Transferring custody of a child or children can be a piece of cake, or it might be a long, arduous legal process. It all depends on how the parent who currently has custody feels about the situation. That parent is very much in the driver’s seat if existing custody papers are already in place. If she agrees to transfer custody to you, there’s generally no problem, but if she objects, you’ll have to go to court.
Transferring Custody by Agreement
It’s a relatively simple matter of putting your agreement in writing if the custody transfer is consensual. It’s best to include every possible imaginable term you can think of. When will the noncustodial parent have the children for parenting time or visitation? What about holidays, birthdays and vacations? Will the noncustodial parent pay child support? If you’re taking custody and you’ve been paying child support, include a clear date when this financial obligation ends because your child will now be living with you.
Legal vs. physical custody. Address both legal and physical custody. Physical custody relates to which parent your children spend the most overnights with, and legal custody refers to which parent makes major decisions on behalf of the children, such as those regarding education and medical care. In most states, it’s common for parents to share legal custody unless one parent is unfit.
Filing the agreement. Make sure the agreement states your full names, as well as those of your children. Sign it in the presence of a notary public, and submit it to a judge for approval. This typically involves filing it with the court under the docket or case number that was assigned to your initial custody order, along with a letter or statement asking the judge to sign the agreement into a new court order. The judge will most likely do so as long as he believes that the change is in your children’s best interests. For example, he might not sign custody over to a parent whom he knows has a substantiated record of drug abuse.
Transferring Custody in Contentious Situations
If your children’s other parent doesn’t agree to a change of custody, you’ll have to involve the court to a much greater extent. This involves asking the judge to change or modify your existing custody papers over the other parent’s objections, and it will almost invariably require some type of court hearing, sometimes called an “evidentiary” hearing. You’ll have to file a motion, petition or complaint – depending on your state’s process – with the court under your existing case or docket number asking the judge to modify your custody terms.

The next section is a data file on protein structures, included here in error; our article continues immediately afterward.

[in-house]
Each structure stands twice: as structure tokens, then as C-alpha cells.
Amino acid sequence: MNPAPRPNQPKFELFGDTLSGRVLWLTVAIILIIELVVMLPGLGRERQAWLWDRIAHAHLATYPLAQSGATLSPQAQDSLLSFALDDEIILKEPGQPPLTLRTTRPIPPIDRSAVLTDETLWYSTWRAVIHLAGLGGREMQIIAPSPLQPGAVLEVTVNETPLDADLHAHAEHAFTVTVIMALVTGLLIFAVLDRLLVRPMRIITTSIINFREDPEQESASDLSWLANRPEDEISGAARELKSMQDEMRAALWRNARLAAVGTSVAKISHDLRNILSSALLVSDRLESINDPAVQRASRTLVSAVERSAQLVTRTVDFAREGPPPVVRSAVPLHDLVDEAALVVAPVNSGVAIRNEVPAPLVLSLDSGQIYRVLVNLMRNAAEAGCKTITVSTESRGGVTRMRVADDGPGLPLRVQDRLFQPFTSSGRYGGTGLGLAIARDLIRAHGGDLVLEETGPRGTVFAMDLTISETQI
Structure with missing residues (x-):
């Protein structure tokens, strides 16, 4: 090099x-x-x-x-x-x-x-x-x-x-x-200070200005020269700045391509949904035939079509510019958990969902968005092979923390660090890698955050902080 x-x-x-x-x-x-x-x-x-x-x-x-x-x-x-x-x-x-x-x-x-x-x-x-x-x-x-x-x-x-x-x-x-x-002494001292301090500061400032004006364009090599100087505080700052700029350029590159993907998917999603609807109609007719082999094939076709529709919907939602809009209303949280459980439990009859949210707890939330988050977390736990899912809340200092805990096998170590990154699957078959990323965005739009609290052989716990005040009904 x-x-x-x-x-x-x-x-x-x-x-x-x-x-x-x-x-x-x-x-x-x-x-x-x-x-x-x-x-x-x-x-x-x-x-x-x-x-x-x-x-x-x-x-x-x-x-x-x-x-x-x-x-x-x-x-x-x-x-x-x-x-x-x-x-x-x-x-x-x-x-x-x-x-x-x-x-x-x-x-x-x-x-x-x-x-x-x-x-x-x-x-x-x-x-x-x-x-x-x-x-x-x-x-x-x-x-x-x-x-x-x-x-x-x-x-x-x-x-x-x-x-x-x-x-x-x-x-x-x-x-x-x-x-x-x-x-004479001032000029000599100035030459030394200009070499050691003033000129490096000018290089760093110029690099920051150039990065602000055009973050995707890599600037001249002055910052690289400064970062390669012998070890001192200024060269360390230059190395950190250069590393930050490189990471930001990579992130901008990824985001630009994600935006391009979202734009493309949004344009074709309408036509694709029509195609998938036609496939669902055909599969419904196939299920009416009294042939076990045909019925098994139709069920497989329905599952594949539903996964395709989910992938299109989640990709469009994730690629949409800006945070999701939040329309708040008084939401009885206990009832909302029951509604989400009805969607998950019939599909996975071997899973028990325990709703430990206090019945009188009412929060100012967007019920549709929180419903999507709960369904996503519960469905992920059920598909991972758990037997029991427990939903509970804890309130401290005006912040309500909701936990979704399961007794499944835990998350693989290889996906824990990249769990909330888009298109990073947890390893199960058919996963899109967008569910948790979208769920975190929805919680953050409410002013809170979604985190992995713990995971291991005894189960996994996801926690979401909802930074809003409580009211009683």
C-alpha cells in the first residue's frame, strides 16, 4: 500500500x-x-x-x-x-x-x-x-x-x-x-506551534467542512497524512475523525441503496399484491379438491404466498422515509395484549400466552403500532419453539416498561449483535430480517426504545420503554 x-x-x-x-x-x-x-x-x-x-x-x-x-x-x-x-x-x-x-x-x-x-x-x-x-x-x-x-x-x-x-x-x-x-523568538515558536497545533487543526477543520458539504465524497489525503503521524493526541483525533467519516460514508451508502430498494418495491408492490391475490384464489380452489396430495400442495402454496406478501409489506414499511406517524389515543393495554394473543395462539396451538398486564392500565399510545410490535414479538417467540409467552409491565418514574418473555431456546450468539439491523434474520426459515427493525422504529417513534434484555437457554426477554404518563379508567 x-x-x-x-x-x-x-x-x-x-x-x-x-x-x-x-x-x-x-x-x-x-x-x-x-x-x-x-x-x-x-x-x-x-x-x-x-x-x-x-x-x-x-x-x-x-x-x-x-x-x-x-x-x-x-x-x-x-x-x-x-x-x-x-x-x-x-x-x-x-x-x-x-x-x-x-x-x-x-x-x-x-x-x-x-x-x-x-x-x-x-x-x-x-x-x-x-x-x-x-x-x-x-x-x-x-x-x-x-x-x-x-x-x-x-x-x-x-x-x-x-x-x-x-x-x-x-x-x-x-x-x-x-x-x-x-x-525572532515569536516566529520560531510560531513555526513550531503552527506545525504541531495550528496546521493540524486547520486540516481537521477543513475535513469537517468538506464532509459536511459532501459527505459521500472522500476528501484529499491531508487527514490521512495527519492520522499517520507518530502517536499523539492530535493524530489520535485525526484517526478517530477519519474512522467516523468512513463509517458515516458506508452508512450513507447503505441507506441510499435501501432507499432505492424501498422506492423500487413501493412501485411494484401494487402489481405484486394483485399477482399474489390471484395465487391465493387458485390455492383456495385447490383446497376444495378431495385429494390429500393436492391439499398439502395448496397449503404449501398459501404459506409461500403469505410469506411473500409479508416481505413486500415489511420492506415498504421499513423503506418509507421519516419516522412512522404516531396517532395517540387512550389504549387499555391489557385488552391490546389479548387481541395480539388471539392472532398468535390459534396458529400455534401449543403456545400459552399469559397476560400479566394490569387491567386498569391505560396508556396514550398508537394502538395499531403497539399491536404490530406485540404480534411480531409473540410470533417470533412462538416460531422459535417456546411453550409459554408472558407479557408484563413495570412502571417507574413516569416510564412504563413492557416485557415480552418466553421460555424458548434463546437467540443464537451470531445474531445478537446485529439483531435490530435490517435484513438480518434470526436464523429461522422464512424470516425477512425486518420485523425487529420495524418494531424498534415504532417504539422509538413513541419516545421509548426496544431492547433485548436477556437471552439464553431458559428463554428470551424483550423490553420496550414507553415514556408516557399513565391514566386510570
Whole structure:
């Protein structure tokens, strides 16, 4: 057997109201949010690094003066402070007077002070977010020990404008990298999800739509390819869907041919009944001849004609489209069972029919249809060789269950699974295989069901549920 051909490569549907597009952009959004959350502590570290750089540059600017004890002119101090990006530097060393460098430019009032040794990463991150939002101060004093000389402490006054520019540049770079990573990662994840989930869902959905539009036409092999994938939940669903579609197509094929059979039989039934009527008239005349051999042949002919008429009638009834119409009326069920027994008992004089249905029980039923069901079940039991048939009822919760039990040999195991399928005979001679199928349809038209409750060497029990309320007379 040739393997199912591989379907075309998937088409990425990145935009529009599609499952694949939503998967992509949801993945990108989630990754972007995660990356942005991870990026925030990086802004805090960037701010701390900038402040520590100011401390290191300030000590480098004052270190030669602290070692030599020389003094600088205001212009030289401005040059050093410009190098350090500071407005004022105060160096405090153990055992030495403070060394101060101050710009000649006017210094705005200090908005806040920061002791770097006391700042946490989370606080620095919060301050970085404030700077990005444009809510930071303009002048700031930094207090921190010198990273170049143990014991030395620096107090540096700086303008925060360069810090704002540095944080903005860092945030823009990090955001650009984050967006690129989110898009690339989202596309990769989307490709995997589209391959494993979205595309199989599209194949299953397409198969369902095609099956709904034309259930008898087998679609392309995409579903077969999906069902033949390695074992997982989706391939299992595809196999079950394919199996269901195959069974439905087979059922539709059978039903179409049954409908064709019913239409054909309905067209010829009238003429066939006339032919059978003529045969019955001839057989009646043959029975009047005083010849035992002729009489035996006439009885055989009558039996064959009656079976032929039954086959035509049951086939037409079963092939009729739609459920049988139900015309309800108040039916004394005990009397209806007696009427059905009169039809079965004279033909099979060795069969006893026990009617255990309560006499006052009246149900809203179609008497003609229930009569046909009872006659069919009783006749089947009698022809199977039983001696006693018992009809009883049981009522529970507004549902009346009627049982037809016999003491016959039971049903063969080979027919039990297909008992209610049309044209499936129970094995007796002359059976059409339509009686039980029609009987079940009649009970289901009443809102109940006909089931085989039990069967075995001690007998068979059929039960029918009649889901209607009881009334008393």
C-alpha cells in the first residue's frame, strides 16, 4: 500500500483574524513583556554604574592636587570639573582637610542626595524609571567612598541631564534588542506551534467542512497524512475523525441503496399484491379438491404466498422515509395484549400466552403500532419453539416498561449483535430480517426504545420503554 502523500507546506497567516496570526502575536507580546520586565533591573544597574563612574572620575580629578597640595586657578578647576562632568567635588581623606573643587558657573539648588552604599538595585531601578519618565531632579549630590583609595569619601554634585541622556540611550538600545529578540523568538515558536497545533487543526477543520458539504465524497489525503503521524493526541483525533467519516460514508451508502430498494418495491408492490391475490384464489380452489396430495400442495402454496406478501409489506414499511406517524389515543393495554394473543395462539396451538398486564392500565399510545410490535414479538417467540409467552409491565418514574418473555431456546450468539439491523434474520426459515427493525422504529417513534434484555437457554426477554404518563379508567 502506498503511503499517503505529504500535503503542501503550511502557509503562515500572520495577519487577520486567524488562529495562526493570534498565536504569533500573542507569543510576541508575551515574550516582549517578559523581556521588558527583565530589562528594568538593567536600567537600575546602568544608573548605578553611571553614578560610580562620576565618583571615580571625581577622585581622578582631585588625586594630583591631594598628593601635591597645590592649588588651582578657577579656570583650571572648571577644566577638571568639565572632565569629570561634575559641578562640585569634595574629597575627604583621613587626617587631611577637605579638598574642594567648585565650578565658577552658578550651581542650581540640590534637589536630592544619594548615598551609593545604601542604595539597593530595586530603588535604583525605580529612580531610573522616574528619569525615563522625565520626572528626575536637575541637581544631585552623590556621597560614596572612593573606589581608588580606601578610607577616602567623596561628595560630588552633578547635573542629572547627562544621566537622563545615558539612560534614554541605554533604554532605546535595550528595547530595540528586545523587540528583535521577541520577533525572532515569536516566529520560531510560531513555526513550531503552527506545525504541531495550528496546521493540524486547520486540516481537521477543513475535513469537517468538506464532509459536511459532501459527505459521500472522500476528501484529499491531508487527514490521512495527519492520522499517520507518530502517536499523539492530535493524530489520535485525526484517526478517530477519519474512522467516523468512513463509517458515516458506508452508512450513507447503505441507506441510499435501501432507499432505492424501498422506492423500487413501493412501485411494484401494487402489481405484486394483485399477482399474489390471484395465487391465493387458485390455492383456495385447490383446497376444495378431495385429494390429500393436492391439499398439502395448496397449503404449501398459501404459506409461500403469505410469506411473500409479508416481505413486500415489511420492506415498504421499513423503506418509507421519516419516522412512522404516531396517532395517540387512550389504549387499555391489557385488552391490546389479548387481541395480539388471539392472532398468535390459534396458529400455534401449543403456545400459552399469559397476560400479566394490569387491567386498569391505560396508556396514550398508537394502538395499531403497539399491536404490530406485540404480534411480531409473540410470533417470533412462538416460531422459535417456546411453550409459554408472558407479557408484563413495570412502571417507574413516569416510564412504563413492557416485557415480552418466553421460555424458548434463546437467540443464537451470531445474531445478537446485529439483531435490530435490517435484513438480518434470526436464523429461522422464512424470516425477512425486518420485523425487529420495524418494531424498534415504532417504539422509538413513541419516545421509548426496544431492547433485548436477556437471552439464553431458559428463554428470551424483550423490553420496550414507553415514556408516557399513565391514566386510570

Then you must usually appear in court and produce evidence that shows why custody should be transferred to you. Your children’s other parent has a right to also submit evidence that proves custody should stay with her.
Make a compelling case. The judge probably won’t agree to transfer custody unless you can prove that there’s been a substantial and “material” change of circumstances. A material change is one that directly affects the kids’ safety and/or well-being, although it doesn’t necessarily have to endanger their health. “Change” is an important condition too. The circumstance must generally not have existed at the time the original custody papers went into effect, although in some cases, the fact that it’s worsened might be considered reasonable cause for a change of custody.
Determining the best interests of the child. In some cases, the change might be as innocent a child who’s mature enough to make such a decision as deciding that he really wants to live with his other parent. In others, the change might be more serious, like a parent facing criminal charges or maintaining a lifestyle that’s clearly bad for the kids. In most states, a child’s wishes aren’t “controlling,” meaning that the judge doesn’t have to base his decision on this factor alone, particularly if the parent the child wants to live with is unfit. The judge must find that overall the transfer of custody is in the children’s best interests.
You might need the help of a lawyer with this process, someone who understands the law and court rules.
Transferring Custody to a Third Party
The burden of proof to move a child from the custody of a parent to a third party is pretty high. The law takes the position that a child is best off with his parent or parents when at all possible. If one parent is unfit, custody would generally revert to the other.
That said, a nonparent would have to take the same steps as a parent if she wanted to remove the child from his parents’ custody without the parents’ consent. She would have to file a petition with the court and attend a hearing to prove circumstances that warrant the transfer. A judge won’t remove a child from his parents unless it’s clearly established that both of them are unfit, and it’s rarely a snap decision by a judge. He would most likely order psychological evaluations of all parties, and he might ask the state’s department of children’s services to investigate both homes. Even the standards for a consensual transfer of custody would be very exacting.
Always Involve the Court
Resist the urge to simply pack up your kids’ bags and move them into a new household. This can cause numerous problems, not the least of which is that you’d be in violation of the existing court order as long as it’s not superseded by another order. If your child’s other parent suddenly decides that she doesn’t agree with the change after all, she might level criminal or civil charges, such as kidnapping or interference with custody, and you would have no way of proving that the transfer of custody was consensual.
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